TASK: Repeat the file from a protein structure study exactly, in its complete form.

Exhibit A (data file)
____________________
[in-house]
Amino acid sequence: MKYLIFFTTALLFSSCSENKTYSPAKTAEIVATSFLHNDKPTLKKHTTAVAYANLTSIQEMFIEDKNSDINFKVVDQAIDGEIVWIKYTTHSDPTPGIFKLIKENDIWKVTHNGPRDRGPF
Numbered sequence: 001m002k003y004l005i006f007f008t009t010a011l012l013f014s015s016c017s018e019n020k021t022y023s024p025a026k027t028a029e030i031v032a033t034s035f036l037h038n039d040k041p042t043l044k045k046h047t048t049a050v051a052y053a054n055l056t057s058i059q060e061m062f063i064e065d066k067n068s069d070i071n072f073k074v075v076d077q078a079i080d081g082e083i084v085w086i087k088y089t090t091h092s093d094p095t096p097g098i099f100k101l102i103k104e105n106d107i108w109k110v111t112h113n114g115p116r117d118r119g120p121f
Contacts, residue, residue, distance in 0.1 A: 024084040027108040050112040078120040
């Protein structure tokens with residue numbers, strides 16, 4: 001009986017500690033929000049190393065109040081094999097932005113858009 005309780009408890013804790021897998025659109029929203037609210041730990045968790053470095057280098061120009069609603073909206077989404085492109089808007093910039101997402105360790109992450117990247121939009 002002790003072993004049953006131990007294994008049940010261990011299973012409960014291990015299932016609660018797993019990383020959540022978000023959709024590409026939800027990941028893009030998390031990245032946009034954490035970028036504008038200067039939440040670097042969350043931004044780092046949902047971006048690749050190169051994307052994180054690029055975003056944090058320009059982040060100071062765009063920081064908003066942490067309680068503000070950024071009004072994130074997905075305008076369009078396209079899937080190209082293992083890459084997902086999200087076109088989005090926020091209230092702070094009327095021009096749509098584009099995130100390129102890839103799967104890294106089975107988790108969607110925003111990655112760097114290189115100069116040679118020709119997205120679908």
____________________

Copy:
[in-house]
Amino acid sequence: MKYLIFFTTALLFSSCSENKTYSPAKTAEIVATSFLHNDKPTLKKHTTAVAYANLTSIQEMFIEDKNSDINFKVVDQAIDGEIVWIKYTTHSDPTPGIFKLIKENDIWKVTHNGPRDRGPF
Numbered sequence: 001m002k003y004l005i006f007f008t009t010a011l012l013f014s015s016c017s018e019n020k021t022y023s024p025a026k027t028a029e030i031v032a033t034s035f036l037h038n039d040k041p042t043l044k045k046h047t048t049a050v051a052y053a054n055l056t057s058i059q060e061m062f063i064e065d066k067n068s069d070i071n072f073k074v075v076d077q078a079i080d081g082e083i084v085w086i087k088y089t090t091h092s093d094p095t096p097g098i099f100k101l102i103k104e105n106d107i108w109k110v111t112h113n114g115p116r117d118r119g120p121f
Contacts, residue, residue, distance in 0.1 A: 024084040027108040050112040078120040
């Protein structure tokens with residue numbers, strides 16, 4: 001009986017500690033929000049190393065109040081094999097932005113858009 005309780009408890013804790021897998025659109029929203037609210041730990045968790053470095057280098061120009069609603073909206077989404085492109089808007093910039101997402105360790109992450117990247121939009 002002790003072993004049953006131990007294994008049940010261990011299973012409960014291990015299932016609660018797993019990383020959540022978000023959709024590409026939800027990941028893009030998390031990245032946009034954490035970028036504008038200067039939440040670097042969350043931004044780092046949902047971006048690749050190169051994307052994180054690029055975003056944090058320009059982040060100071062765009063920081064908003066942490067309680068503000070950024071009004072994130074997905075305008076369009078396209079899937080190209082293992083890459084997902086999200087076109088989005090926020091209230092702070094009327095021009096749509098584009099995130100390129102890839103799967104890294106089975107988790108969607110925003111990655112760097114290189115100069116040679118020709119997205120679908």